Nick Major

Like a mountaineer poring over maps before setting out for the peaks, no dedicated reader can resist thumbing through the new publishers’ catalogues to catch a glimpse of what’s on the horizon. But it doesn’t take long to find yourself stuck in a pulpy quagmire of books about "battling" one ailment or another, or the latest quasi-spiritual puff about detoxifying your mind or cleansing your lifestyle. Then, for the prose-lover, there are the hundreds of pages promoting the newest splurge of blood-spattered crime novels, all called something cliched to do with death. Pity the poor publishers, who have to make all this sound interesting. My suspicion is that the most reliable way of knowing a book’s worth before reading it is to scrutinise the title.

Like the newspaper headline, writing a title is a delicate art. The general rule is: keep it short and snappy. American Dave Eggers has flaunted this in previous novels, such as the unwieldy Your Fathers, Where are They?, And The Prophets, Do They Live Forever? His new "true story’" is called The Monk of Mokha (Hamish Hamilton, January). That’s not bad, especially considering it is about Mokhtar Alkhanshali, a San Franciscan man of Yemeni heritage who travels back to his native land to immerse himself in its coffee industry and becomes caught up in the 2015 civil war.

The title of Kirsty Gunn’s new novel might put off people. Nevertheless, Caroline’s Bikini (Faber, June) is written by one of Scotland’s best stylists and her last novel, The Big Music, was a formal triumph. So, expect something original and daring. In Scotland, 2018 will be a fine year for the novel. But not because of anything new, per se. Unless you have been living on a frozen outpost in the Arctic for the last few months, you will have noticed it is the centenary of Muriel Spark’s birth. To celebrate, Polygon are publishing sleek new editions of all her novels with new introductions from writers such as Ali Smith and Andrew O’Hagan. I’d recommend The Ballad of Peckham Rye. It has a droll title and an hilarious opening line: “ ‘Get out of here you dirty swine!’”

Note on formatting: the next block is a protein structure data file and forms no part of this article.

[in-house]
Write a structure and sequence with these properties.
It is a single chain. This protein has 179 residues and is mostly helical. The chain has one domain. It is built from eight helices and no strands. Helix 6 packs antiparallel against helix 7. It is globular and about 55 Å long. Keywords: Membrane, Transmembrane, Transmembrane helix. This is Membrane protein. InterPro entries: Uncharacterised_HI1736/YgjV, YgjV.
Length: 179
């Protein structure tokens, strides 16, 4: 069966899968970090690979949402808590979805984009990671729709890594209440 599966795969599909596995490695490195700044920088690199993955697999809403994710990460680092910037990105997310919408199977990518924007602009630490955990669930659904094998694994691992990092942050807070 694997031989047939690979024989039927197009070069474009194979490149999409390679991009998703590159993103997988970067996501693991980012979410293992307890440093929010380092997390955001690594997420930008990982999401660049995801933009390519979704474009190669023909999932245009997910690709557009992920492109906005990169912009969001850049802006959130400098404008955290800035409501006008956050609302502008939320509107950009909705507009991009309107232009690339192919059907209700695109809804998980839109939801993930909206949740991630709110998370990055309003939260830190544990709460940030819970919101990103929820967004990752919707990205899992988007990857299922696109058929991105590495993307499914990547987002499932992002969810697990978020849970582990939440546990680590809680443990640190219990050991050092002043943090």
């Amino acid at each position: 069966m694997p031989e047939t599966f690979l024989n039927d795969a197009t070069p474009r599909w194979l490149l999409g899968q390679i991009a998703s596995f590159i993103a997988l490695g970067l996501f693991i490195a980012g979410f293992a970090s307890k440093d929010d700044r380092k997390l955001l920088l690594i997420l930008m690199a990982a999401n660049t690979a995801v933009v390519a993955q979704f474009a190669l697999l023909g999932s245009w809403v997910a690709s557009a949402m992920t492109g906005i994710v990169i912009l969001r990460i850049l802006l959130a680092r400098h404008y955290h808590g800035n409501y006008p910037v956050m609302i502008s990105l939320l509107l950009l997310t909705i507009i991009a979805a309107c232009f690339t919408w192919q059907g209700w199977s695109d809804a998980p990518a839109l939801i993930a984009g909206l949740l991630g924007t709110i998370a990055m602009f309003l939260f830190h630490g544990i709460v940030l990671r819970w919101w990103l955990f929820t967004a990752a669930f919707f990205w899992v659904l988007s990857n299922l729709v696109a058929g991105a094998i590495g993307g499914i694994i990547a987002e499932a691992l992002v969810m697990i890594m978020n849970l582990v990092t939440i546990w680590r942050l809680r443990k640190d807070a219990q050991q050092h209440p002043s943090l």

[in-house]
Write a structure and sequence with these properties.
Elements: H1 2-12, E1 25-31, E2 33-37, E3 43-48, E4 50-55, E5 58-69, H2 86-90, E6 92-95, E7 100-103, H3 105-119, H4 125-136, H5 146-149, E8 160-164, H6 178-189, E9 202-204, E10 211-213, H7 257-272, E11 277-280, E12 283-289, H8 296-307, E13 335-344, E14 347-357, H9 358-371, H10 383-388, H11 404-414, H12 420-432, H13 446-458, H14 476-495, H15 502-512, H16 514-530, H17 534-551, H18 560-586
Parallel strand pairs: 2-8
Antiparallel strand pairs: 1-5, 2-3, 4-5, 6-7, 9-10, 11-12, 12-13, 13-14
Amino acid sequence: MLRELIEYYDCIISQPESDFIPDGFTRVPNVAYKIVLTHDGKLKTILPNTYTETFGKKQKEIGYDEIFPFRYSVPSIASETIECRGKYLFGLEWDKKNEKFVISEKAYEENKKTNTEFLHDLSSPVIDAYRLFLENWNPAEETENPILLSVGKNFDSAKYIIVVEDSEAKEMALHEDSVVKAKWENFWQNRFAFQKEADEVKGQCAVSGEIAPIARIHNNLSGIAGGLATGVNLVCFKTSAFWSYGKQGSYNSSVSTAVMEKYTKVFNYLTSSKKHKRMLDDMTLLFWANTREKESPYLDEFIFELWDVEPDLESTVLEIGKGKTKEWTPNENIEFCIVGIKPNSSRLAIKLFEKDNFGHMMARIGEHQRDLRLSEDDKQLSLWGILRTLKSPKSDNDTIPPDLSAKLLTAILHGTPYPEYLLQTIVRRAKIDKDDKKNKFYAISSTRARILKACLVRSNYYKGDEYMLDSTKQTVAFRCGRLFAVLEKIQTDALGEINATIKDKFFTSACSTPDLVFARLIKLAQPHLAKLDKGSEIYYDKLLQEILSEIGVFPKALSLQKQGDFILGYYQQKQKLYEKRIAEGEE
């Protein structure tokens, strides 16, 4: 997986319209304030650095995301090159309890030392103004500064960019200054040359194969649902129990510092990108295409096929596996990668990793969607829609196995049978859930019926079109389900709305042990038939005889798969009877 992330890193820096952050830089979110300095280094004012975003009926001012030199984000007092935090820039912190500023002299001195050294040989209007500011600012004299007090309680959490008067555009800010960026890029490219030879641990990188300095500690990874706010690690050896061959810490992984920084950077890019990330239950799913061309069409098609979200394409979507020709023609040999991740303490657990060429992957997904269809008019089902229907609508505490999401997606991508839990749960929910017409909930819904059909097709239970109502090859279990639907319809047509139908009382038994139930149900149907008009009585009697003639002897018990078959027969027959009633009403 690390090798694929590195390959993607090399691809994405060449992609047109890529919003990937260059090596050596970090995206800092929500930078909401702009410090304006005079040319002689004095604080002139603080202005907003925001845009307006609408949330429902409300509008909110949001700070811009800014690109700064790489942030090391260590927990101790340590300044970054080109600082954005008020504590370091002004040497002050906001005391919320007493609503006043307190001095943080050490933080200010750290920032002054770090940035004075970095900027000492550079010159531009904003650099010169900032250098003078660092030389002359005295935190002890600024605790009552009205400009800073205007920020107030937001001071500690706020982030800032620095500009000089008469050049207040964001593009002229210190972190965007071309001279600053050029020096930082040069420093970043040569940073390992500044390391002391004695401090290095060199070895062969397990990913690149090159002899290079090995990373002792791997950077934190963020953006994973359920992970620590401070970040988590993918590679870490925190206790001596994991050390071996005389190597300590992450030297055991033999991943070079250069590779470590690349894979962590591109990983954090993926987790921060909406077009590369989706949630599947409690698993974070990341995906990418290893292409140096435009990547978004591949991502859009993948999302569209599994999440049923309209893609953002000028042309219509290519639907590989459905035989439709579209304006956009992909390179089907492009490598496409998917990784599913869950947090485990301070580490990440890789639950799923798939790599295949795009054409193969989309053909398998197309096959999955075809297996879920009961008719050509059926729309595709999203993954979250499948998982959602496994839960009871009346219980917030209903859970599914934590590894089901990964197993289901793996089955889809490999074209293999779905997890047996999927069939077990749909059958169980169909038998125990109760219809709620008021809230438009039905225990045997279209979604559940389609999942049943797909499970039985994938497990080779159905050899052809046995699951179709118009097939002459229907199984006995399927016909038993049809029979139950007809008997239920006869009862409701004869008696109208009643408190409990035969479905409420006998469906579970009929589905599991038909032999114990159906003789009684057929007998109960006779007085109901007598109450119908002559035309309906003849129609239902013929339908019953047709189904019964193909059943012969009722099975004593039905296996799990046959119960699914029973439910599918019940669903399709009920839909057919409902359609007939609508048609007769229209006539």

Spark thought it ‘bad manners to inflict a lot of emotional involvement on the reader – much nicer to make them laugh.’ Pathos, however, seems the central concern of most novels this year. Karl Ove Knausgaard, for instance, is a writer who sobs his way through the world. But Fruits of My Labour (Harvill Secker, September), the last book in his My Struggle series, is sure to bring some people some kind of joy at the end of summer. Rachel Cusk also publishes a final instalment. She’s a writer who doesn’t lack humour – of the dark, ironic kind. Kudos (Faber, May) brings an end to her elegant trilogy about a creative writing teacher.

Many bookmen and women think Cusk a difficult writer, which is another way to say she is a serious one. Other serious novelists with work out this year include Julian Barnes, whose The Only Story (Jonathan Cape, February) is about the "demands" love makes upon a man called Paul. It sounds prosaic; Barnes, however, is not. Peter Carey returns to terra Australis in A Long Way from Home (Faber, January); Philip Hensher’s last short story collection was excellent. He is back this year with a novel called The Friendly Ones (4th Estate). Michael Ondaatje’s Warlight (Jonathan Cape, May) could be the highlight of the summer. It is about a brother and sister who are orphaned in World War II and taken in by a man called The Moth.